That Sugar Movement


Is breakfast a meal or a snack?


It is pretty common knowledge breakfast is considered the most important meal of the day.

Following 12-16 hours of resting the digestive system, people across the globe break the overnight fast with a meal to kick start their day.

What we choose to eat at this time is important. It can influence energy, focus, and performance, as well as food choice and quality of sleep later on.

But the availability of quick-to-consume, on-the-go packaged breakfast foods and drinks is growing, and these products are being found to be packed with added sugar, resembling more a nutritionally poor snack than a nourishing meal.

Serving your body a hefty dose of the sweet stuff at the start of the day sets you up for a sugar high followed by an almighty energy crash. Not conducive to a productive day of work or school, right?

Snacks marketed as breakfast substitutes

Our mates at LiveLighter scoured Aussie supermarket shelves for products marketed as morning meal material.1

Of the 65 found in either Coles, Woolworths or Aldi, most contained concerning amounts of sugars; the majority of which are added (and not naturally occurring like those in milk or fruit, which aren’t concerned with).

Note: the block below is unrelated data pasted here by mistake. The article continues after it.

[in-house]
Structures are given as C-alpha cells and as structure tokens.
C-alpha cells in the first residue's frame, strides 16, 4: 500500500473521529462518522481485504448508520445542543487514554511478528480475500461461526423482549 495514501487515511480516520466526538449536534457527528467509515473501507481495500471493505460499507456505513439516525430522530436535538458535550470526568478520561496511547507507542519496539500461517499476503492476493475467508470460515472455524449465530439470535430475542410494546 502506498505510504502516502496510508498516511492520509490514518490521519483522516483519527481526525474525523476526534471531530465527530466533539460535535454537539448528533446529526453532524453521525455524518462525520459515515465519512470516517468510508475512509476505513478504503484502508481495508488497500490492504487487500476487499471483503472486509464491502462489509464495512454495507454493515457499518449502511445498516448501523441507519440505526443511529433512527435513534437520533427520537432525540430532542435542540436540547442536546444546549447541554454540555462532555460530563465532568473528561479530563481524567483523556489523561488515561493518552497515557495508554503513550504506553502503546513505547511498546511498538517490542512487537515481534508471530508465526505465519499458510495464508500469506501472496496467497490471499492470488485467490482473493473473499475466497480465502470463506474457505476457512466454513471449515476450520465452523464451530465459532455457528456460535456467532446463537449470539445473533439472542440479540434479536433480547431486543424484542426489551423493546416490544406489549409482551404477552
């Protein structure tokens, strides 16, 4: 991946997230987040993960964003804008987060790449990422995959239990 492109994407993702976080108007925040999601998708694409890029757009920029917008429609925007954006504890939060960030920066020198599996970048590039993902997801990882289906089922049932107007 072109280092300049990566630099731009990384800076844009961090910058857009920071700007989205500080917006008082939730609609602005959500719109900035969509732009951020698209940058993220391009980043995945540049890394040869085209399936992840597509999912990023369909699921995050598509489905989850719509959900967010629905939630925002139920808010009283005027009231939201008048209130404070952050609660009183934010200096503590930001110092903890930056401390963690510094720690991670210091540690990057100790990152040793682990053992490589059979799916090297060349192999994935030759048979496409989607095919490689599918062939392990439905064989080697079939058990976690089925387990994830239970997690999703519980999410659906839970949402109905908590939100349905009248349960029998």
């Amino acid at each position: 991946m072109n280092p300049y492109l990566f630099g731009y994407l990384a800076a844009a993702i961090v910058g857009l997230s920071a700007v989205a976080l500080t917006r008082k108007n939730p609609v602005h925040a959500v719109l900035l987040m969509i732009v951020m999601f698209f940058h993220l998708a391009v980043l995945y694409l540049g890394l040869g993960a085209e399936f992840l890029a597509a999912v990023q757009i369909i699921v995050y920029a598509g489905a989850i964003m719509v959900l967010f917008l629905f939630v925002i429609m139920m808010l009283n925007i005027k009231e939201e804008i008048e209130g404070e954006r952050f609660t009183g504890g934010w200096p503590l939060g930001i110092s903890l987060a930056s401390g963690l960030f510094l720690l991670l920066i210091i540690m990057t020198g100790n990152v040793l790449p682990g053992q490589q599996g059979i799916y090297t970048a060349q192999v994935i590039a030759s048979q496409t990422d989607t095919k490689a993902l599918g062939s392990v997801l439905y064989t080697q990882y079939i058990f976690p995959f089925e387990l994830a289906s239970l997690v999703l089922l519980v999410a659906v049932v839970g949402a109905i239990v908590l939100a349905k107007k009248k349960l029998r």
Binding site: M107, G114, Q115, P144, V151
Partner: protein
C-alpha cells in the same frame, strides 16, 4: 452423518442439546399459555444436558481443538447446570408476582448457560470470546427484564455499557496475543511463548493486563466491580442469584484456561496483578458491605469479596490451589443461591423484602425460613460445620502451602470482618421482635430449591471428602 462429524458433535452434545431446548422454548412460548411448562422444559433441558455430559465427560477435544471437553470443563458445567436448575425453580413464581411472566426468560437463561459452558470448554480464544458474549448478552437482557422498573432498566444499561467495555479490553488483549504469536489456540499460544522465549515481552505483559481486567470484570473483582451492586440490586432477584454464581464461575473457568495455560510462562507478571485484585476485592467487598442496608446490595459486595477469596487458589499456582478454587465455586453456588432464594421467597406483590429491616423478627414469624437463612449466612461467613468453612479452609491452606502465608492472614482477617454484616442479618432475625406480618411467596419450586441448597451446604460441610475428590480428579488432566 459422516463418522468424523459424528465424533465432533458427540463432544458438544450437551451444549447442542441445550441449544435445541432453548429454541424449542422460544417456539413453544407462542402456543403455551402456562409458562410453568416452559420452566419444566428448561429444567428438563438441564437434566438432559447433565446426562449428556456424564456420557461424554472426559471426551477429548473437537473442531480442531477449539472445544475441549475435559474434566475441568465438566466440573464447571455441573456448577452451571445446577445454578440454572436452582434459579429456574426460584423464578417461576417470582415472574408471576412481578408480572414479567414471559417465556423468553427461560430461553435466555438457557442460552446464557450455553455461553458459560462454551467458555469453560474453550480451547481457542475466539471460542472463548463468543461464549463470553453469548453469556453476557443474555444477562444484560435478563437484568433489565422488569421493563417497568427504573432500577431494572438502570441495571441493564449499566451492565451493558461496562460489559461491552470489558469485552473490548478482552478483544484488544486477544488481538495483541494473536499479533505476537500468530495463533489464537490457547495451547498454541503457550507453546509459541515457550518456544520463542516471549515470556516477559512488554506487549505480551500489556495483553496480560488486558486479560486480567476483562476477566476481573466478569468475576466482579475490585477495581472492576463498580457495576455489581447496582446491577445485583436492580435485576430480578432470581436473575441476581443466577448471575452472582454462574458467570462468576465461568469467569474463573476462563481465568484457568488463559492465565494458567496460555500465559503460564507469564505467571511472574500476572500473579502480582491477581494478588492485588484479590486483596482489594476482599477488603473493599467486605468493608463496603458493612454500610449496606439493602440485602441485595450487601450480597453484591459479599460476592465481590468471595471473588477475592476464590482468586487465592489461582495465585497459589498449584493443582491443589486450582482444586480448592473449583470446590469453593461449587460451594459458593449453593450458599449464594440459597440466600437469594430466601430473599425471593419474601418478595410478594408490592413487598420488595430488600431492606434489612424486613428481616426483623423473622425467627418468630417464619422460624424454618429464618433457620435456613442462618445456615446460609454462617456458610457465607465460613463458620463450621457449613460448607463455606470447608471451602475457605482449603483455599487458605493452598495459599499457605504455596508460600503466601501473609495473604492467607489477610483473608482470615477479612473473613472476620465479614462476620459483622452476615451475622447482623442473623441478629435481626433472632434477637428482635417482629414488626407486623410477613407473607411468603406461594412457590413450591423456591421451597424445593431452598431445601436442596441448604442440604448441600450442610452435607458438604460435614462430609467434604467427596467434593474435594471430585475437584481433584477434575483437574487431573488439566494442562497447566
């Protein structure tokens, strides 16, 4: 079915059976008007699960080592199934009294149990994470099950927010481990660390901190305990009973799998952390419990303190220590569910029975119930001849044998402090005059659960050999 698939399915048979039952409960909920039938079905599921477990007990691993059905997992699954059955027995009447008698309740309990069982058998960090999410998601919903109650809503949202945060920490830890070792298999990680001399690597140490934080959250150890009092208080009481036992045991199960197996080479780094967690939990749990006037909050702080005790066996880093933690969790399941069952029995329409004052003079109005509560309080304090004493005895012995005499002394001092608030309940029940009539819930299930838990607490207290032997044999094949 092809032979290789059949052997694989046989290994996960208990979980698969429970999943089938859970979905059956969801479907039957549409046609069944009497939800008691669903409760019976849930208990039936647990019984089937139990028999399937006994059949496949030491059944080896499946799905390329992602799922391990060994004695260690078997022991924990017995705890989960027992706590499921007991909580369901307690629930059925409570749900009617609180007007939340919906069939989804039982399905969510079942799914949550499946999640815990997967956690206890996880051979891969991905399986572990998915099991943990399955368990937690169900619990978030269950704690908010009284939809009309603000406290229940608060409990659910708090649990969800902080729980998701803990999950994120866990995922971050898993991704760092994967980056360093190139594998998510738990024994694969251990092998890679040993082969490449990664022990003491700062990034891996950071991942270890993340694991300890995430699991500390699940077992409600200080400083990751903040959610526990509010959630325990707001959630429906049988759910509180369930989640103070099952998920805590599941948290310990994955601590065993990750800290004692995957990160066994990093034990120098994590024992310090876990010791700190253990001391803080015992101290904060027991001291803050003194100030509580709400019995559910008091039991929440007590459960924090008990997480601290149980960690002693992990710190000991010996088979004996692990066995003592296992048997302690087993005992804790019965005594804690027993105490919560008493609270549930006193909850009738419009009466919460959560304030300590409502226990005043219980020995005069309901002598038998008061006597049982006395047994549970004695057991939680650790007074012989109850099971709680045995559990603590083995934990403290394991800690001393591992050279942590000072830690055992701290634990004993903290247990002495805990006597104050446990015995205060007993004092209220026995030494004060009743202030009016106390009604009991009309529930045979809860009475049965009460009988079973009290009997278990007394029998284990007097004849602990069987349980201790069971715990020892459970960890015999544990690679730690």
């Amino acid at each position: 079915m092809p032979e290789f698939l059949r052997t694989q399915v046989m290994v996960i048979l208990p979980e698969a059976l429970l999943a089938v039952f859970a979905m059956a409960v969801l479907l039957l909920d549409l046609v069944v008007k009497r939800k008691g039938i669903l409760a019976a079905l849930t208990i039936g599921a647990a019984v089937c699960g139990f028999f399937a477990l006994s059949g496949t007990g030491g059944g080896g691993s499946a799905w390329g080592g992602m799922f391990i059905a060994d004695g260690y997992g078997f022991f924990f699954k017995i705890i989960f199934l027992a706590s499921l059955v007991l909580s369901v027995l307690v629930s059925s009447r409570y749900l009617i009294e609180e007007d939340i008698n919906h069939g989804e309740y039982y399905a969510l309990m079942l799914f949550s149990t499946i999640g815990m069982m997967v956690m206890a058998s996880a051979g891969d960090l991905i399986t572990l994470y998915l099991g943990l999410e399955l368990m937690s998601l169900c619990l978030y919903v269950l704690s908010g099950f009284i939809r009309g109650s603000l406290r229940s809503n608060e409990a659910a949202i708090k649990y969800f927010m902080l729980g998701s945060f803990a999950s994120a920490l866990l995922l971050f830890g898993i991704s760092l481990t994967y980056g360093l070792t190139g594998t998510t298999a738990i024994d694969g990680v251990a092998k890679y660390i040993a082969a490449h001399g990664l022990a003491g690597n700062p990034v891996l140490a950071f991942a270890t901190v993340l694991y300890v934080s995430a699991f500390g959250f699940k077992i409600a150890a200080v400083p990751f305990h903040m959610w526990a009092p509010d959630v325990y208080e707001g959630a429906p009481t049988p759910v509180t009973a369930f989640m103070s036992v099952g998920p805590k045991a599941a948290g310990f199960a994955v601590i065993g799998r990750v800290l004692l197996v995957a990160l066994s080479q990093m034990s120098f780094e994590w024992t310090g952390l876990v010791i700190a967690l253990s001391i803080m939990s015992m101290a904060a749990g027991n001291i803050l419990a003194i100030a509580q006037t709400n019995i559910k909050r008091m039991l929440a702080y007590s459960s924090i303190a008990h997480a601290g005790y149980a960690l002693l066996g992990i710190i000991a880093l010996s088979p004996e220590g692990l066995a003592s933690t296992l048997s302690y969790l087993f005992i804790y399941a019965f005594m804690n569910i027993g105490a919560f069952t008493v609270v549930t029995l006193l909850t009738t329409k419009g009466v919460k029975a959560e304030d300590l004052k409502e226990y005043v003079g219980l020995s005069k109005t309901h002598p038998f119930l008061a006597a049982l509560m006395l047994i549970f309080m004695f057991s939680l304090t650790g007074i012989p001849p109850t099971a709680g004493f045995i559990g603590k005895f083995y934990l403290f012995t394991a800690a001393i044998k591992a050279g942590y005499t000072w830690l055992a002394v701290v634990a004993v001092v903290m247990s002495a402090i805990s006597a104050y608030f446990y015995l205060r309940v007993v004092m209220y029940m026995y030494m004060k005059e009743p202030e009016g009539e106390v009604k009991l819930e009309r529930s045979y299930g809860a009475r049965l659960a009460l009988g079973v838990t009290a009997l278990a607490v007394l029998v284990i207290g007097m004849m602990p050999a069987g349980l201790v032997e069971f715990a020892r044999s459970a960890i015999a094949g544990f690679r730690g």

For example, Belvita Breakfast Biscuits, chocolate flavour, have 13.6g of sugar per 50g serve (4 biscuits). This equals 3 teaspoons of sugar before morning tea.

Breakfast biscuits – designed to replace a bowl of cereal and milk – pretty much resemble a classic biscuit better suited as a treat with Nan’s afternoon cuppa, being super high in added sugar and in no way a helpful or healthy way to start the day.

“Breakfast biscuits are basically just sweet biscuits, but with a higher price tag and a healthy halo. They’re highly processed and some were more than 25 per cent sugar, very little of which is naturally occurring from fruit or milk,” said LiveLighter dietician, Sian Armstrong.

LiveLighter noted the majority of breakfast products served up more total sugars (added and naturally occurring combined) than two wheat biscuits and milk, including:

  • 100% of regular sized breakfast drinks
  • 76% of chilled breakfast products (e.g. yoghurts, chia puddings)
  • 72% of breakfast biscuits and on-the-go mueslis.

Burning holes in your breakfast pocket

What is more, these snack-like products were pricey.

LiveLighter found on-the-go breakfast products could be up to $4.50 per serve. That is 18 times the cost of their typical breakfast example, costing a mere $0.24 per serve for 2 wheat biscuits and milk.

For the morning meal, think real, whole food

Want a better solution for breakfast?

Focus on including a source of fibre, protein and healthy fat, such as:

And if you are short on time (or even if you aren’t), check out our ideas for quick no added sugar breakfasts to help you kick start your day in the best possible way!

By Angela Johnson (BHSc Nut. Med)



  1. LiveLighter 2017, ‘Snack-Ification Of Breakfast’, Press release, accessed 6 September 2017, <>
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That Sugar Movement